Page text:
All in all, as we have seen in different chapters in Part I of the book, that the question of the role of business schools and their contribution to society filled the tabloids, and the media immediately seized on the opportunity to make quick implicit judgments and express underpinning opinions about how much business schools had contributed with their knowledge – or the lack thereof – to encouraging risk-taking behaviors beyond any sensible assessments (or irresponsible behaviors), to the extent that unrestrained financial misbehaving took place. And in addition to what extent the kind of education provided by business schools was so technocratic and void of value that graduates could not resist the contextual pressure and, once they were placed at a crossroads, made decisions that were against common sense.

    This book, as we explained in the Prologue, was born out of the hope of providing a platform from which to voice the standpoint of some business schools. Thus, the purpose of the book was not to provide the best possible answer to the financial crisis from an academic point of view. That is, it was never meant to be a collection of sound assessments about what went wrong, or what should have been done differently. It was not supposed to be a problem-solving toolkit either. Nor was it meant to be a vindication of business schools, taken from a systematic and aggregated perspective. Rather, it has been developed as an opportunity to voice different individual perspectives on the broad question of what business schools contribute to society at large. In this regard, the goal was not to reply directly to any of these questions, but to provide a platform for debate and, more importantly, to show that there is also a significant degree of reflection and debate coming from within the business school community, proposing in many cases drastic changes and foreseeing significant challenges.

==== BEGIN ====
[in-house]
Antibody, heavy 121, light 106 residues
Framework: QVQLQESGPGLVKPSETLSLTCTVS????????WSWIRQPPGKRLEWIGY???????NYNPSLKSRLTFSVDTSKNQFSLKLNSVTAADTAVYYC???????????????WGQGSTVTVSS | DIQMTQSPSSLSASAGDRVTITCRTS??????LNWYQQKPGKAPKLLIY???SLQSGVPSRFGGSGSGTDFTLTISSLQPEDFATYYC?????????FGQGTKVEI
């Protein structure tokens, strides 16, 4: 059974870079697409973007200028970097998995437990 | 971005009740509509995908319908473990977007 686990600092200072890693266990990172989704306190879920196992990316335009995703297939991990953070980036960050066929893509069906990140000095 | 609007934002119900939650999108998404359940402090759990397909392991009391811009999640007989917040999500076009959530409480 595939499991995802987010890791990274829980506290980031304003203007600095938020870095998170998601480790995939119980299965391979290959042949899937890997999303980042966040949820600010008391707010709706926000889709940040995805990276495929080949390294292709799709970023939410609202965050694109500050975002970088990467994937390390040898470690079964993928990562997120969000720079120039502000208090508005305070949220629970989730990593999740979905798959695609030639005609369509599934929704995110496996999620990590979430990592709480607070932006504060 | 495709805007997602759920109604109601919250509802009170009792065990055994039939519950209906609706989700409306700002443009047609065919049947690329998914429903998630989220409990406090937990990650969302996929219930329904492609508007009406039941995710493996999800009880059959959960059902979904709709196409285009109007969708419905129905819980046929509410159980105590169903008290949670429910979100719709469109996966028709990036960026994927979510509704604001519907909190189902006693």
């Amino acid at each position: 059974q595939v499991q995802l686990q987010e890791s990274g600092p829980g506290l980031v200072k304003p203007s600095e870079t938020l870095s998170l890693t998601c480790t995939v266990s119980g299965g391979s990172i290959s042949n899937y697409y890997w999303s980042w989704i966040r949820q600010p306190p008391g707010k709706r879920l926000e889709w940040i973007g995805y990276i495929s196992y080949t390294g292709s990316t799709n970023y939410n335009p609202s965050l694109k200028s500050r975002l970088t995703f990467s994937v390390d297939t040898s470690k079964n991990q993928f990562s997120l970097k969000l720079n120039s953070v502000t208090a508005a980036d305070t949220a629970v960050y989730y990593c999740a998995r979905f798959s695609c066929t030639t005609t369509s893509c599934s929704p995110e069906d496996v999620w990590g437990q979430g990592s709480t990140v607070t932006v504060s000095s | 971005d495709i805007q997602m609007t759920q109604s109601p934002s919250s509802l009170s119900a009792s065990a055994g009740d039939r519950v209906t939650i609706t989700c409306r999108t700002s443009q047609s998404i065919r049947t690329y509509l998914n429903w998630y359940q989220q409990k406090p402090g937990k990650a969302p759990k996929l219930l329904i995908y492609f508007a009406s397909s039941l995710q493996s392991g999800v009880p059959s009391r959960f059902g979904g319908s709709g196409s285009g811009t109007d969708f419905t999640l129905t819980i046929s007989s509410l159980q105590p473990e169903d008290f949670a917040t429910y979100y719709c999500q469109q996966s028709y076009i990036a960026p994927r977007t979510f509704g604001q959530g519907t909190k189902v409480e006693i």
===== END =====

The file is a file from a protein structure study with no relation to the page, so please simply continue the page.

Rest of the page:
The distinctiveness of this book project departs from the assumption that, whatever answers the different authors have provided, it was going to be a response that was both academic and practical as business school leaders face both challenges. At the outset, it was clear that it was not going to represent a narrow academic disciplinary focus such as the sociology of education of philosophical pedagogy. Rather, the mandate of each of the contributing authors was to voice some of the most intimate reflections and debates that were taking part at each of their institutions. After all, most of the authors that have contributed to this book hold a position of responsibility in organizations that are important players in the business education debate. Thus, one could argue whether the contributing authors have been well chosen, whether the organizations they represent have shown leadership or the lack thereof, or even if they did so with broad or narrow interests. One could also ask whether they have the discretionary power to effect change or not, or if they have the expertise to discuss some of the issues contained in each chapter. Regardless of all this, one cannot argue that every contributing author has been at the forefront of academic institutions or influential organizations, or that they have made an effort to reflect on the role of their individual institutions in regard to the general mandate of the editors.